|Citigroup had already begun running full-page print ads announcing the merger this week in mainstream newspapers like The Wall Street Journal and The New York Times.|
Just four days after a tentative merger agreement, brokered in partnership with the federal government, was reached with Citigroup, Wachovia instead opted to go with Wells Fargo. The bank cut its own, more favorable deal with Wells Fargo that will allow all of Wachovia's business units to remain intact and requires no assistance from the government.
There's just one problem: Citigroup is balking. A Citi press statement released after Wachovia and Wells announced their news read: "Citi has demanded that Wachovia and Wells Fargo terminate and not proceed with any proposed transaction, any conduct in furtherance thereof, or any other act in violation of the exclusivity agreement."
Citigroup -- whose creative and media agencies are Publicis Groupe's Publicis and WPP Group's Mediaedge:cia -- had already begun running full-page print ads announcing the merger this week in mainstream newspapers like The Wall Street Journal and The New York Times. The ads that ran in daily newspapers including USA Today were done with the approval of Wachovia's CMO, a Citi spokeswoman said.
The FDIC, too, is siding with Citi. "The FDIC stands behind its previously announced agreement with Citigroup. The FDIC will be reviewing all proposals and working with the primary regulators of all three institutions to pursue a resolution that serves the public interest," it said in a statement.
The longer the wrangling over Wachovia goes on, the more it casts doubt over the fortunes of WPP's Ogilvy, which had been awarded the plum $150 million account only days before the Citi pairing was announced. (Ogilvy was named lead agency, with Maxus for media planning and buying, Neo for digital marketing and Soho Square for specialty marketing services.) The bank, according to a Wachovia spokeswoman, "paused the finalization" of that relationship pending the merger -- and now, with the potential new merger partner in Wells Fargo, it remains on pause.
Wells would phase out Wachovia brand
So what does Wells Fargo, which works with Omnicom Group's DDB, Los Angeles, for creative and OMD for media buying, have to say about its branding plans? Acknowledging that branding is "way, way, way down the track" if the merger is approved, a spokesman said the Wachovia brand will eventually be phased out. He said the combined company would be called Wells Fargo & Co. and will use the Wells Fargo brand.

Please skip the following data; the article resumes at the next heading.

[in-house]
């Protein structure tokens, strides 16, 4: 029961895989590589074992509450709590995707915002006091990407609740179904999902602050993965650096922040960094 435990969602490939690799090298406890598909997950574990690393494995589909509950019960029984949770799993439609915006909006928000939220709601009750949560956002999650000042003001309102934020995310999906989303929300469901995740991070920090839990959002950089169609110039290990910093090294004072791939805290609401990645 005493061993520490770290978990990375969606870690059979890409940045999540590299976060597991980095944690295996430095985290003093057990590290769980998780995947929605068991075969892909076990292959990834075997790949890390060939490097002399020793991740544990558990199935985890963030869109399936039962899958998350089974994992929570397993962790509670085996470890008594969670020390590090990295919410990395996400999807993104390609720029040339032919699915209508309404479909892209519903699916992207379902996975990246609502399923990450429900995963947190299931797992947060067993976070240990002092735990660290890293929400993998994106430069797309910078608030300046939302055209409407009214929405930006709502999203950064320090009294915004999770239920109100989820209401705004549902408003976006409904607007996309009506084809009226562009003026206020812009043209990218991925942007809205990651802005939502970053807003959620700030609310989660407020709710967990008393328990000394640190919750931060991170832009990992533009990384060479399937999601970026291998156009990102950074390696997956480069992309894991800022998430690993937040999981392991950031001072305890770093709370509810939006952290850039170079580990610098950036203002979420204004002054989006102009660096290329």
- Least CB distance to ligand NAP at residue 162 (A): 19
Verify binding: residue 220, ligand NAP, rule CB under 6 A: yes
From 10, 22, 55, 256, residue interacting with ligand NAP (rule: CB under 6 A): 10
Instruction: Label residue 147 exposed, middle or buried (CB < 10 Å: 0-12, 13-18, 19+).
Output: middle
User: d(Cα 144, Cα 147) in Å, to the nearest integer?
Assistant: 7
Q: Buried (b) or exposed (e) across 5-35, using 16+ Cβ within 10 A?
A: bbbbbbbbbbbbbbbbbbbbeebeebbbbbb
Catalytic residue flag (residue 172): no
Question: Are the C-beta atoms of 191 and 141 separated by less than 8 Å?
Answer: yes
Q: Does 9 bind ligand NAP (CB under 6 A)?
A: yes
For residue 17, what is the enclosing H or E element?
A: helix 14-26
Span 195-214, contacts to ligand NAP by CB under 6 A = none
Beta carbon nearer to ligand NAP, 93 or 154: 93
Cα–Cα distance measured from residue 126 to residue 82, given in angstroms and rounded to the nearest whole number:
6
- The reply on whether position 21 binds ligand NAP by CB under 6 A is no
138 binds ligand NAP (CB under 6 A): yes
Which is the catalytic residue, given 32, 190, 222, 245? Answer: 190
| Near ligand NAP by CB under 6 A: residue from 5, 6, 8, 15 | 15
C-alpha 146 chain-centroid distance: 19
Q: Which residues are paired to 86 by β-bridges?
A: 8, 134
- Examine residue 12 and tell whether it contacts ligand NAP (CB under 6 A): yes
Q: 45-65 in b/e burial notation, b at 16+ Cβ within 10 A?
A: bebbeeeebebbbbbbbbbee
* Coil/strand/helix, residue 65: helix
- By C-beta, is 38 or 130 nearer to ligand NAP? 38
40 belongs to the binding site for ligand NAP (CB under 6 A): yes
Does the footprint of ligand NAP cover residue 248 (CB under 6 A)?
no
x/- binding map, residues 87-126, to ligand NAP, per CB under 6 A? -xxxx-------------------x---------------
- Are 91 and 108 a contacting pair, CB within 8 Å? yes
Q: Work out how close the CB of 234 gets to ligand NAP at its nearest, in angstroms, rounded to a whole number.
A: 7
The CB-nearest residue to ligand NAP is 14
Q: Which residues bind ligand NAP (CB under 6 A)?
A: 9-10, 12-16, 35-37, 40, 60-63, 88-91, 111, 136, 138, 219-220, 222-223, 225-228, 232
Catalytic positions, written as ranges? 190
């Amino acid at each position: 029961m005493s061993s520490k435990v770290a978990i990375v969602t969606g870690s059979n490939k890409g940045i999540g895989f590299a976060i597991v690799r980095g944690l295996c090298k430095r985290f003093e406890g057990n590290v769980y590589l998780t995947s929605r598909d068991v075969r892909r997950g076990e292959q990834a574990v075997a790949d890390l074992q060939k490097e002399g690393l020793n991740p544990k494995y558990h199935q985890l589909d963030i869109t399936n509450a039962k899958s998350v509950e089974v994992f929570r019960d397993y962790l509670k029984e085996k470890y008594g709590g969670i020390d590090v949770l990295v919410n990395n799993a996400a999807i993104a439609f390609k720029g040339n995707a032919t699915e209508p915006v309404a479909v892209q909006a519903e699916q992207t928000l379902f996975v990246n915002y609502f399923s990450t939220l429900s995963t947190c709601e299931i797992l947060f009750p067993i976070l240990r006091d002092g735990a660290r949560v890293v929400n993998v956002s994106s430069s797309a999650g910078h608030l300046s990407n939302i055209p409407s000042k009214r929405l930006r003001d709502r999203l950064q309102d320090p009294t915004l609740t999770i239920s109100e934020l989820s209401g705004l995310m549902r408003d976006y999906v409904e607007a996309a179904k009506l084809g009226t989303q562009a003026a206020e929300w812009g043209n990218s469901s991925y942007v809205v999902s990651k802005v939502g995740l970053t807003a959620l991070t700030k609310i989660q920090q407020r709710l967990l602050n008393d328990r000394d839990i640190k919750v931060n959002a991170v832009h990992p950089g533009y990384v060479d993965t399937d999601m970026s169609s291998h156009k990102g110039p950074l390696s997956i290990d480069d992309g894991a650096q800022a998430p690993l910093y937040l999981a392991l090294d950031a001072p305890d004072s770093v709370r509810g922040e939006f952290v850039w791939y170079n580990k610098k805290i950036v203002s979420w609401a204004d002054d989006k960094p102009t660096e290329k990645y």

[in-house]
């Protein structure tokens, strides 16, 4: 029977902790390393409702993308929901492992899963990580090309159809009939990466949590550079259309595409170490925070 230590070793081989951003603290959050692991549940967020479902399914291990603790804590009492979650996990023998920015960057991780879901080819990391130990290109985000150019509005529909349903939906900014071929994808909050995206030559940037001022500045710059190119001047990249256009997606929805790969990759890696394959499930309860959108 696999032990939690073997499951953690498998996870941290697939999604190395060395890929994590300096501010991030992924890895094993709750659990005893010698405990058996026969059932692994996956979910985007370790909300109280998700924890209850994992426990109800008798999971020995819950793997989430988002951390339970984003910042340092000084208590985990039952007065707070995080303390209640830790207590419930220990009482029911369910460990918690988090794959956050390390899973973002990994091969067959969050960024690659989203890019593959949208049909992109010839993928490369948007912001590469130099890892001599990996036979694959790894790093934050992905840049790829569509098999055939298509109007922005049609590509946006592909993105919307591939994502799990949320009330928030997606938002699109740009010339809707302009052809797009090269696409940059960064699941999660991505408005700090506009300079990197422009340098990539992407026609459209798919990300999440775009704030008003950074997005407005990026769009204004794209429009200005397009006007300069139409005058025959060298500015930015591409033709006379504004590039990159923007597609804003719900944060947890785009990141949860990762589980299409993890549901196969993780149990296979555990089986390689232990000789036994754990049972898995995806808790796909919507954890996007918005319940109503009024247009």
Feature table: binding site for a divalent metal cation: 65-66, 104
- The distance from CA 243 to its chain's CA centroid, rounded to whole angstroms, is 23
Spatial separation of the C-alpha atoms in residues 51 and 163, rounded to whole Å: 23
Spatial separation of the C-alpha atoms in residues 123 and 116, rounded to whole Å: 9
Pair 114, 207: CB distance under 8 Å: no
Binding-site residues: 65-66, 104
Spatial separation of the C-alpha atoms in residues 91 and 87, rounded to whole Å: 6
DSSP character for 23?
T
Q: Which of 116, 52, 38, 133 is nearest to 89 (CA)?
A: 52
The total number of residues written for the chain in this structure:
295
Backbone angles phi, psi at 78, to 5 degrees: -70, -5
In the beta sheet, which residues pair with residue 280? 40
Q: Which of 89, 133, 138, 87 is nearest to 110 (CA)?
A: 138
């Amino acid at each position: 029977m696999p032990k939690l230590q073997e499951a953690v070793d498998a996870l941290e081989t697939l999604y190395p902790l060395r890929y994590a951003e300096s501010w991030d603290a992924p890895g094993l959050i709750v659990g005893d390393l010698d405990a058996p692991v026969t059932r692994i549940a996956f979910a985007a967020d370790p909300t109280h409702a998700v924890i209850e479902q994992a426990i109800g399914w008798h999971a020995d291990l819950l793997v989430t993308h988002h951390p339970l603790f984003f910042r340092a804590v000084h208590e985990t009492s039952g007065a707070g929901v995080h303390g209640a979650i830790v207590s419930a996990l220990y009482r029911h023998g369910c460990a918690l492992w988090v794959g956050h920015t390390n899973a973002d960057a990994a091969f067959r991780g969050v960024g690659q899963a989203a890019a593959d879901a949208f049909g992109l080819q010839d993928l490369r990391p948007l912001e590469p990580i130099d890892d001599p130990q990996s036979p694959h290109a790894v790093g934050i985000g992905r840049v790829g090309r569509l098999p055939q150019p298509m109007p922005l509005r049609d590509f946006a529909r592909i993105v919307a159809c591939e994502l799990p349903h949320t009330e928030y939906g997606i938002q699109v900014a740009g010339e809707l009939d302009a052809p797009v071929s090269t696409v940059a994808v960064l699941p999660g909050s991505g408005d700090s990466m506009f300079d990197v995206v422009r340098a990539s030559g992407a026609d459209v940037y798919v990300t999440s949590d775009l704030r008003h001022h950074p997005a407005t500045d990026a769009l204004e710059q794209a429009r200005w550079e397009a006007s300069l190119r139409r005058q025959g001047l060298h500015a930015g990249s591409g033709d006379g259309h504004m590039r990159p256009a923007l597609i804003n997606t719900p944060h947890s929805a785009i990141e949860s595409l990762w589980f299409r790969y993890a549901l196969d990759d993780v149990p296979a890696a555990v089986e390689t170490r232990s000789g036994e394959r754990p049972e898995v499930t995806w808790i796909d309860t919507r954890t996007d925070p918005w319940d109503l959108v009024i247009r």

That is, of course, providing the deal goes through. The Wells Fargo website makes no mention of the deal, but does offer general reassuring banking and investment messages in ads at the top of the page: "These are difficult markets. Rely on the strength, stability and experience of Wells Fargo Investments." And "We've stood strong for over 150 years. You can bank with confidence today. Switch to Wells Fargo -- where stability and security are as important as the success of our customers."
A Wachovia spokeswoman said its employees received messages regarding the Wells Fargo deal and Wachovia posted information today on its website about how the deal will affect customers. "The most important message to our customers today is it's business as usual. There are no immediate changes to their accounts or their relationship with Wachovia," she said. She declined to comment on specific advertising plans, but said Wachovia will plan "other communication" to its customers in the coming days.
Big bucks hang in the balance
Meanwhile, the pause goes on for Ogilvy, and the Wachovia account could wind up at one of three holding companies: Omnicom, Publicis or elsewhere within parent WPP.
A Wachovia-Wells Fargo combination would yield a player that spends $232 million, a calculation arrived at by adding TNS Media Intelligence's 2007 measured-spending figures. A Wachovia-Citi combo would be a far larger player when it comes to spending, with a $542 million marketing war chest.
Should Wachovia's deal with Wells Fargo go through, the combined bank will hold $1.42 trillion in assets ($609 billion from Wells and $812 billion from Wachovia) and serve 48 million customers (20 million from Wells, and 28 million from Wachovia).